Still, that one happened in Los Angeles, far from Santa Cruz. I’d yet to personally experience the eye-opening terror of a real earthquake -- a state of blissful ignorance that ended October 1, 1987, at 7:42 a.m. I’d fallen into bed only an hour before, after working a brutally long day and night on a Miller beer commercial in a disgusting little South Bay bar. The place seemed okay when we started the job, but 25 hours later, the reek of spilled, sour beer (and 25 hours of endlessly repetitive commercial idiocy) transformed it into the Pit from Hell. LA was in the grip of a typical October heat wave, accompanied by the Santa Ana’s – hot, dry winds that howl in from the desert to turn LA into a giant convection oven. The day was already heating up as I drove home at 6:00 in the morning, sweaty, filthy, and tired beyond belief. Ordinarily, I’d take a shower as soon as I got home from work – especially after a job like that – but I was just too tired. Still sweaty and stinking, I fell face-first onto my bed.

It seemed like I’d only been out for a minute when a deafening rumble shook the bed like a rat in the jaws of a terrier. Too tired and confused to be scared, I stumbled from bed and rode it out hanging on to the door jamb as my apartment bucked and shuddered. Then it was over, with nothing but the sound of barking dogs and a thousand car alarms wailing in the distance.

So much for sleep. I lost nothing more than a few dishes, but although the Whittier Narrows quake wasn’t all that big – a 5.9 that killed three people – I’d now felt the power of an earthquake first-hand.

It wasn’t a good feeling.

Two years later, I was sitting in the same apartment on the phone with a cute make-up artist who was working on a feature in Florida (a young lady I pursued with romantic – and sadly, unrequited - intent), when she suddenly became upset.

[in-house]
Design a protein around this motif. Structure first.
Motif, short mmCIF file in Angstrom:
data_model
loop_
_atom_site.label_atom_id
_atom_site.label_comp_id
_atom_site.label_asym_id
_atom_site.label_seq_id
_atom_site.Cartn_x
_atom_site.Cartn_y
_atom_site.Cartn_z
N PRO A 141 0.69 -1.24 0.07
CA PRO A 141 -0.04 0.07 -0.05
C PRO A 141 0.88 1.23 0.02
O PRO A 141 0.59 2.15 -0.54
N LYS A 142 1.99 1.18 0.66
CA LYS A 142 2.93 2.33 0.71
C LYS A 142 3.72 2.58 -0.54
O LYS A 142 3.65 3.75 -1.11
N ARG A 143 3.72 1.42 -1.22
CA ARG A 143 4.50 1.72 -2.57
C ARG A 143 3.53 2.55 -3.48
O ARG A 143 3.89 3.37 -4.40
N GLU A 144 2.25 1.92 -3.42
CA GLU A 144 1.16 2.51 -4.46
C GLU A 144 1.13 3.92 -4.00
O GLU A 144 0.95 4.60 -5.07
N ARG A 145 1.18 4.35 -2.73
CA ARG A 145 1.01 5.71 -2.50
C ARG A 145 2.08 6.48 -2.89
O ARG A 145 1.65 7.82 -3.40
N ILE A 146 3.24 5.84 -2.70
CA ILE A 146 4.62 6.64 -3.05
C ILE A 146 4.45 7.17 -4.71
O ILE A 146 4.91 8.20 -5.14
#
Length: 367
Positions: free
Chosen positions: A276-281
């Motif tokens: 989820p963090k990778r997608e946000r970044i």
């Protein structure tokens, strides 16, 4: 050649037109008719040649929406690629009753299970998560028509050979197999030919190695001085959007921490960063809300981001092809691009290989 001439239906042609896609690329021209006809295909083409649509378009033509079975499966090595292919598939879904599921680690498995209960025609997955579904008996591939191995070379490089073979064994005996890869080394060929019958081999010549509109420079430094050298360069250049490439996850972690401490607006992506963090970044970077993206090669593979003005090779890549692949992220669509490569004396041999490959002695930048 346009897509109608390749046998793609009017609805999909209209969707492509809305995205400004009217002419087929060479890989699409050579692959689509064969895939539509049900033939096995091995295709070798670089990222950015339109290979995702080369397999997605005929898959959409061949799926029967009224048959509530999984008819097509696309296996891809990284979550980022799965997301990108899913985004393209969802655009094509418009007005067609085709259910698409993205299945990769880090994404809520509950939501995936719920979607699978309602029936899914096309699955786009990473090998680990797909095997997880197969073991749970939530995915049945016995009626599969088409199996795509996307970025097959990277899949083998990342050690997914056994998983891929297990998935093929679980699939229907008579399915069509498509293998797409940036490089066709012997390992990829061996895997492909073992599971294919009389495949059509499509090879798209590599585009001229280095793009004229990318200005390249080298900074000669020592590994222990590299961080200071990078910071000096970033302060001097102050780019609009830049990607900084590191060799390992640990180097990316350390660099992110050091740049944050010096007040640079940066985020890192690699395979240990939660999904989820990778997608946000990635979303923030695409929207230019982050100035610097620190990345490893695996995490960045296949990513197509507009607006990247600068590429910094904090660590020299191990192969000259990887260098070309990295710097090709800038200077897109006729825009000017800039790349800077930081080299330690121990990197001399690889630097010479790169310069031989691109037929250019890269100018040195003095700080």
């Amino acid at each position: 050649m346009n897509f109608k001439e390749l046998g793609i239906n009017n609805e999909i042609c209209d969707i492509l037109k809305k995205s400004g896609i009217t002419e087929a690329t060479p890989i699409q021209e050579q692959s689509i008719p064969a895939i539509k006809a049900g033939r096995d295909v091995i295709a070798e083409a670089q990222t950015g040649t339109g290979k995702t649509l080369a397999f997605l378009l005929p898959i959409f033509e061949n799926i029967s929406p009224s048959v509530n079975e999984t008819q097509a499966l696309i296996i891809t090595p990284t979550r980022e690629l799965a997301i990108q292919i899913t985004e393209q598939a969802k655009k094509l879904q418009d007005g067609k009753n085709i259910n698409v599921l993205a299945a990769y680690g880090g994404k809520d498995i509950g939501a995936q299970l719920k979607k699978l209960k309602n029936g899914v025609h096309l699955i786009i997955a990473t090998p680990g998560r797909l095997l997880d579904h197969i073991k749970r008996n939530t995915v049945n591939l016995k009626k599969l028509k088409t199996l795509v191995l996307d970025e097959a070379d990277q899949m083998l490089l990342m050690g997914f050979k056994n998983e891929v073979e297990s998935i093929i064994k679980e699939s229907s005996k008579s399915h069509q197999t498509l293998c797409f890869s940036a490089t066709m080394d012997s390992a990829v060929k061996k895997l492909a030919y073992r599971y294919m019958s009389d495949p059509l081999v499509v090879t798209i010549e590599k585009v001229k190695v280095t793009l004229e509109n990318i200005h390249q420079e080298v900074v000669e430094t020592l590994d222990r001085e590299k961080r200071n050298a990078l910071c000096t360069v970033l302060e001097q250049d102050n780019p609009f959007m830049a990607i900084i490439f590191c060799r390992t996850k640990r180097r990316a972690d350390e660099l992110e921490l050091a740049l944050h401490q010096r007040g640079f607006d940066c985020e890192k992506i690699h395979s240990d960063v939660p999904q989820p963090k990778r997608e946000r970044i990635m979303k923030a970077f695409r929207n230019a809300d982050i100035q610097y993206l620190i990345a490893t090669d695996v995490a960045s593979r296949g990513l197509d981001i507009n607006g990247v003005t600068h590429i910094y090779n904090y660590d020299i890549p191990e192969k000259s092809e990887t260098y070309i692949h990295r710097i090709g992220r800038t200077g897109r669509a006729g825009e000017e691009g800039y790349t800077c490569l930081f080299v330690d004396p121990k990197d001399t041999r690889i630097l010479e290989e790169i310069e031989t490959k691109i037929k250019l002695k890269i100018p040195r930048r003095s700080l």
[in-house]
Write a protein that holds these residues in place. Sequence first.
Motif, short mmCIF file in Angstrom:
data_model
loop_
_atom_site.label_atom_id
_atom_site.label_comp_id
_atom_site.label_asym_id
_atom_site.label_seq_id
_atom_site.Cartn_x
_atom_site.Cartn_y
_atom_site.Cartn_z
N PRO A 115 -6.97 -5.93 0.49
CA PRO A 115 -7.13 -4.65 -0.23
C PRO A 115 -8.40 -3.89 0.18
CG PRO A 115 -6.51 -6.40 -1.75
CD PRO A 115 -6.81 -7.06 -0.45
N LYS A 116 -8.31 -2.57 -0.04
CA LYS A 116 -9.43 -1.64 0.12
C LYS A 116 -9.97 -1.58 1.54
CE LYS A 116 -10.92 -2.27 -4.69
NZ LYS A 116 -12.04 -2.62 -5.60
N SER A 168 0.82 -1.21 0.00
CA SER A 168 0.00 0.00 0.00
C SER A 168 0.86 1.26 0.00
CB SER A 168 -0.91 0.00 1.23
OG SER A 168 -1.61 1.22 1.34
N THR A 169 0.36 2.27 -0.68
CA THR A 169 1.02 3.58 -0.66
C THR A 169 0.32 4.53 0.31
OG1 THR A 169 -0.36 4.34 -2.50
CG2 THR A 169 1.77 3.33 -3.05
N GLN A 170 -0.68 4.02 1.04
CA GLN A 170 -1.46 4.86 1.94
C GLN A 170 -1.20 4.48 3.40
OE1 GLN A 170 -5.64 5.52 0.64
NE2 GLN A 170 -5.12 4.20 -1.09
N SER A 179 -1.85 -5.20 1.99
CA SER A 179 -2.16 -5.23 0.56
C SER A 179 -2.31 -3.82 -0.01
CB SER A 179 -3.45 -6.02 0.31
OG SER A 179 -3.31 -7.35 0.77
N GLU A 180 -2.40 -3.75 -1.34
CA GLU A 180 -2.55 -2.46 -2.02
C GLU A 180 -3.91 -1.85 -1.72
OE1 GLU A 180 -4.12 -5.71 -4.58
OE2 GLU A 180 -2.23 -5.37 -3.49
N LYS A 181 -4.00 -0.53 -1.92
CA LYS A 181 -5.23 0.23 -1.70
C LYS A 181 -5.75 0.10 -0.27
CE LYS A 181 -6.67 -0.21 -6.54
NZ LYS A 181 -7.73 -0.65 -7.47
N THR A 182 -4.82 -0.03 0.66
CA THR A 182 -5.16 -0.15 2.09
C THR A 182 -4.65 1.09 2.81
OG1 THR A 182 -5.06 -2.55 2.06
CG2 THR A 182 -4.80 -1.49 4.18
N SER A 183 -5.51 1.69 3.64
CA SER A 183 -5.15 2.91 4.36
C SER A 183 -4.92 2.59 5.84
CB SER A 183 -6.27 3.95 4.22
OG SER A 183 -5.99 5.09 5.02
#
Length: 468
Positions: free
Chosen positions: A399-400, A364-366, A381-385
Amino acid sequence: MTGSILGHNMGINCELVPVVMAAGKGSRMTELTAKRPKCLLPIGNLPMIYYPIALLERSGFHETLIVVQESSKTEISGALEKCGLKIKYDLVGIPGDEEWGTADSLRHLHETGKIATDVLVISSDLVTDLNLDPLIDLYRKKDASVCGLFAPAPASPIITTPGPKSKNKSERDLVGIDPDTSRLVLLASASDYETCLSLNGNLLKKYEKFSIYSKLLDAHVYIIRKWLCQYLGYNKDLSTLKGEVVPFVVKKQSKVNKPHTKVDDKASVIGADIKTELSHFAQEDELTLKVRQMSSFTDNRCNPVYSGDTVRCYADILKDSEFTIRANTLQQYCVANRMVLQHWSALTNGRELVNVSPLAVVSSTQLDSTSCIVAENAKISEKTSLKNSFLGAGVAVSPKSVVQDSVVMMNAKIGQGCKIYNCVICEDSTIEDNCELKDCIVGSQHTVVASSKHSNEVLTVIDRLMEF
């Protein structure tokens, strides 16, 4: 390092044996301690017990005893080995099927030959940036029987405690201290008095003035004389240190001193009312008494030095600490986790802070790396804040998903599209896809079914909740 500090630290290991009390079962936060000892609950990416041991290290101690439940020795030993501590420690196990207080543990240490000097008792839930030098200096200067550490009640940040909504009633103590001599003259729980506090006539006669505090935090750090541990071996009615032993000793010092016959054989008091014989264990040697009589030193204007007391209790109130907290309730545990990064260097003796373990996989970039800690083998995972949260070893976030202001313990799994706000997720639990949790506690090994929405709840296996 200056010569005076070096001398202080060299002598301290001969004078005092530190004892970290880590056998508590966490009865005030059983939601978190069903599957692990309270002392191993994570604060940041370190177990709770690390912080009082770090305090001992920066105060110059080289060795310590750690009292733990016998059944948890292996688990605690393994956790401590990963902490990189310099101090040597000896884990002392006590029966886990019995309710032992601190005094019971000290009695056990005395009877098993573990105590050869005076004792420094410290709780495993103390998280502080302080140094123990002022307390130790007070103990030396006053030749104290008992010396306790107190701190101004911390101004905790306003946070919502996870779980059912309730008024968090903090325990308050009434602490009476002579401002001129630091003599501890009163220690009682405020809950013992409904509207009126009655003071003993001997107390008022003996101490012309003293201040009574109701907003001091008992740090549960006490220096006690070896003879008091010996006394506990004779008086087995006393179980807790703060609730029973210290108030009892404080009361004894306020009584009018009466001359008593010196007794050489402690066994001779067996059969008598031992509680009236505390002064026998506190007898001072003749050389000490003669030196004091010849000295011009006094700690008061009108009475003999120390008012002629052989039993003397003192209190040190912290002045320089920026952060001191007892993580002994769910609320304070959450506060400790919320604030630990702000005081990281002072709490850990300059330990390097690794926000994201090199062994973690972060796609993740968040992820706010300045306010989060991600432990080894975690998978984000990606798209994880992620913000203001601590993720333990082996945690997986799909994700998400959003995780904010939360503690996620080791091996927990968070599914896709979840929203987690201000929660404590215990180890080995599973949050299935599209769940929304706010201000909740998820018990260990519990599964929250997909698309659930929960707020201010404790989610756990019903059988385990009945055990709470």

“There’s been a 15 minute earthquake in San Francisco!” she blurted, then hung up.

I turned on the TV and saw a chunk of the Bay Bridge gone.

Fortunately, she’d got it wrong – the 6.9 quake lasted for 15 seconds, not 15 minutes – but that was long enough to kill sixty-three people, and inflict horrendous physical damage all around the Bay Area. The Loma Prieta quake was centered near the beautiful little town of Santa Cruz, my old college stomping grounds, which lost some of its most historic buildings downtown. Nobody I knew was hurt, but two nasty quakes in two years meant it was no longer possible to ignore the uneasy reality under my feet.

Seven years later, another rough lesson was delivered from below in the pre-dawn cold and dark of January 17, 1994, as the ground began to shake with an intensity that hit 6.7 on the Richter scale. Centered a few miles away in the Valley, the Northridge quake jerked me from a sound sleep into a state of full adrenal panic. I knew what was happening, but the dream-addled image in my mind had me trapped in a shoe box being shaken by some malevolent giant.
As soon as the first shock subsided, I staggered from bed and jumped into some clothes. There wasn’t much visible damage to my apartment, but the power was off – the whole city gone dark. Car alarms blared for a few minutes, then all was quiet. A few minutes later, sirens began to rise and fall in the distance. I waited, flashlight in hand, as an aftershock rocked the building again. It was too dark to see outside, but that wasn’t all bad: in the pitch blackness, it was evident that no fires had broken out my neighborhood. I tried my battery-powered radio, but there was only silence. Sitting there in the dark, waiting for the sun to rise, I felt a sudden kinship for my primitive ancestors – like them, I was just another puny human huddling in his cave, afraid The Monster outside might return. That got old after a while, so I started washing the dirty dishes in the sink by candlelight. It seems absurd in retrospect, but so long as I had hot water, I might as well put it to good use. If nothing else, it was something semi-useful to do while waiting for the sun to rise, and reveal how bad things really were.

Bad enough, as it turned out. As I washed those dishes, people were dying over in the Valley – seventy-two in all - suffering horrific, violent death simply for being in the wrong place at the worst possible time. Earthquakes are fickle killers.

At the time, I had no way of knowing any of this. I was still wondering if any more quakes were on the way – maybe what we’d experienced thus far was only the warm-up for the long-dreaded Big One. Aftershocks kept rocking the building, rattling the dishes as well as my nerves. Then the radio crackled to life – one of the local NPR stations was finally on the air, broadcasting what little was known.